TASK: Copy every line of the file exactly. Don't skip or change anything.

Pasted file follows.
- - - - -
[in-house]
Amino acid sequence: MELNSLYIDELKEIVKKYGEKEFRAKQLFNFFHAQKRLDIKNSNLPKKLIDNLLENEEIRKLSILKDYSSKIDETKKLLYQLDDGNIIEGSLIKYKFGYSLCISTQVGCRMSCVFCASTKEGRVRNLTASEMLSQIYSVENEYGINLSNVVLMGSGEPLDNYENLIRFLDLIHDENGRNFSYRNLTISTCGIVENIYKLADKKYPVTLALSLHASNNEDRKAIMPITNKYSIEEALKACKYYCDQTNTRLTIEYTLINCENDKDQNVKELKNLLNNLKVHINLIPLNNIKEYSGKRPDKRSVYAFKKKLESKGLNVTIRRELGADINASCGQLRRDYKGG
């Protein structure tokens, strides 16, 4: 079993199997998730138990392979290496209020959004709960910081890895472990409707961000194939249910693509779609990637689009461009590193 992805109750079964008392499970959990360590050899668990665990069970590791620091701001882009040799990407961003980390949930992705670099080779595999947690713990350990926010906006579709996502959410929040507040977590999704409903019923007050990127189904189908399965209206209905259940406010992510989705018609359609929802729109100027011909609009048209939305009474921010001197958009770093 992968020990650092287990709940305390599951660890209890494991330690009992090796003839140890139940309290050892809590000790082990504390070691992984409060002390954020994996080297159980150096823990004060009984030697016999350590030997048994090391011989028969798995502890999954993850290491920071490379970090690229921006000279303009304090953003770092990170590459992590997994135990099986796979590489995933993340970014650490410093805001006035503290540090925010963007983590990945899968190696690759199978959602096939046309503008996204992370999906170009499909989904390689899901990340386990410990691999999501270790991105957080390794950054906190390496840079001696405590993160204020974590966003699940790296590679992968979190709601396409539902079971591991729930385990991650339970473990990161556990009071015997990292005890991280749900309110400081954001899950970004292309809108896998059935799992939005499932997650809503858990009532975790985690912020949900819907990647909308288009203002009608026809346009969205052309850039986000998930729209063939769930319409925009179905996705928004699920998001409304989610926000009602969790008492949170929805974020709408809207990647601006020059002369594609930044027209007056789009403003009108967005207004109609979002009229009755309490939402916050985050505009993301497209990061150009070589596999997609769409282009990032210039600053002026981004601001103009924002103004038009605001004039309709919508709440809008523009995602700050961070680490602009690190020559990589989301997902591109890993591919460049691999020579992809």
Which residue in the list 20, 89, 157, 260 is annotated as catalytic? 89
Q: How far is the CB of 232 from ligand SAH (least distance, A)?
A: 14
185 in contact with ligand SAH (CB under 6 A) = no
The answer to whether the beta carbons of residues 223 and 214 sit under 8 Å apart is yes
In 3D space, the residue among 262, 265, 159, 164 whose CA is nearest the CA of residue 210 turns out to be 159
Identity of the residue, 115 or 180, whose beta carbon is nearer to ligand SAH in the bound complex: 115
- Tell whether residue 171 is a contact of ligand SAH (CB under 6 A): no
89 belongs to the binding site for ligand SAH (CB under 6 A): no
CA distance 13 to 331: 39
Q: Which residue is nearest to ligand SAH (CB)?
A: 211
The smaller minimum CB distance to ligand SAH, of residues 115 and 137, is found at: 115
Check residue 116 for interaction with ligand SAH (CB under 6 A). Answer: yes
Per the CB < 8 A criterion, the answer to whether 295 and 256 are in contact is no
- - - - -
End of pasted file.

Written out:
[in-house]
Amino acid sequence: MELNSLYIDELKEIVKKYGEKEFRAKQLFNFFHAQKRLDIKNSNLPKKLIDNLLENEEIRKLSILKDYSSKIDETKKLLYQLDDGNIIEGSLIKYKFGYSLCISTQVGCRMSCVFCASTKEGRVRNLTASEMLSQIYSVENEYGINLSNVVLMGSGEPLDNYENLIRFLDLIHDENGRNFSYRNLTISTCGIVENIYKLADKKYPVTLALSLHASNNEDRKAIMPITNKYSIEEALKACKYYCDQTNTRLTIEYTLINCENDKDQNVKELKNLLNNLKVHINLIPLNNIKEYSGKRPDKRSVYAFKKKLESKGLNVTIRRELGADINASCGQLRRDYKGG
């Protein structure tokens, strides 16, 4: 079993199997998730138990392979290496209020959004709960910081890895472990409707961000194939249910693509779609990637689009461009590193 992805109750079964008392499970959990360590050899668990665990069970590791620091701001882009040799990407961003980390949930992705670099080779595999947690713990350990926010906006579709996502959410929040507040977590999704409903019923007050990127189904189908399965209206209905259940406010992510989705018609359609929802729109100027011909609009048209939305009474921010001197958009770093 992968020990650092287990709940305390599951660890209890494991330690009992090796003839140890139940309290050892809590000790082990504390070691992984409060002390954020994996080297159980150096823990004060009984030697016999350590030997048994090391011989028969798995502890999954993850290491920071490379970090690229921006000279303009304090953003770092990170590459992590997994135990099986796979590489995933993340970014650490410093805001006035503290540090925010963007983590990945899968190696690759199978959602096939046309503008996204992370999906170009499909989904390689899901990340386990410990691999999501270790991105957080390794950054906190390496840079001696405590993160204020974590966003699940790296590679992968979190709601396409539902079971591991729930385990991650339970473990990161556990009071015997990292005890991280749900309110400081954001899950970004292309809108896998059935799992939005499932997650809503858990009532975790985690912020949900819907990647909308288009203002009608026809346009969205052309850039986000998930729209063939769930319409925009179905996705928004699920998001409304989610926000009602969790008492949170929805974020709408809207990647601006020059002369594609930044027209007056789009403003009108967005207004109609979002009229009755309490939402916050985050505009993301497209990061150009070589596999997609769409282009990032210039600053002026981004601001103009924002103004038009605001004039309709919508709440809008523009995602700050961070680490602009690190020559990589989301997902591109890993591919460049691999020579992809």
Which residue in the list 20, 89, 157, 260 is annotated as catalytic? 89
Q: How far is the CB of 232 from ligand SAH (least distance, A)?
A: 14
185 in contact with ligand SAH (CB under 6 A) = no
The answer to whether the beta carbons of residues 223 and 214 sit under 8 Å apart is yes
In 3D space, the residue among 262, 265, 159, 164 whose CA is nearest the CA of residue 210 turns out to be 159
Identity of the residue, 115 or 180, whose beta carbon is nearer to ligand SAH in the bound complex: 115
- Tell whether residue 171 is a contact of ligand SAH (CB under 6 A): no
89 belongs to the binding site for ligand SAH (CB under 6 A): no
CA distance 13 to 331: 39
Q: Which residue is nearest to ligand SAH (CB)?
A: 211
The smaller minimum CB distance to ligand SAH, of residues 115 and 137, is found at: 115
Check residue 116 for interaction with ligand SAH (CB under 6 A). Answer: yes
Per the CB < 8 A criterion, the answer to whether 295 and 256 are in contact is no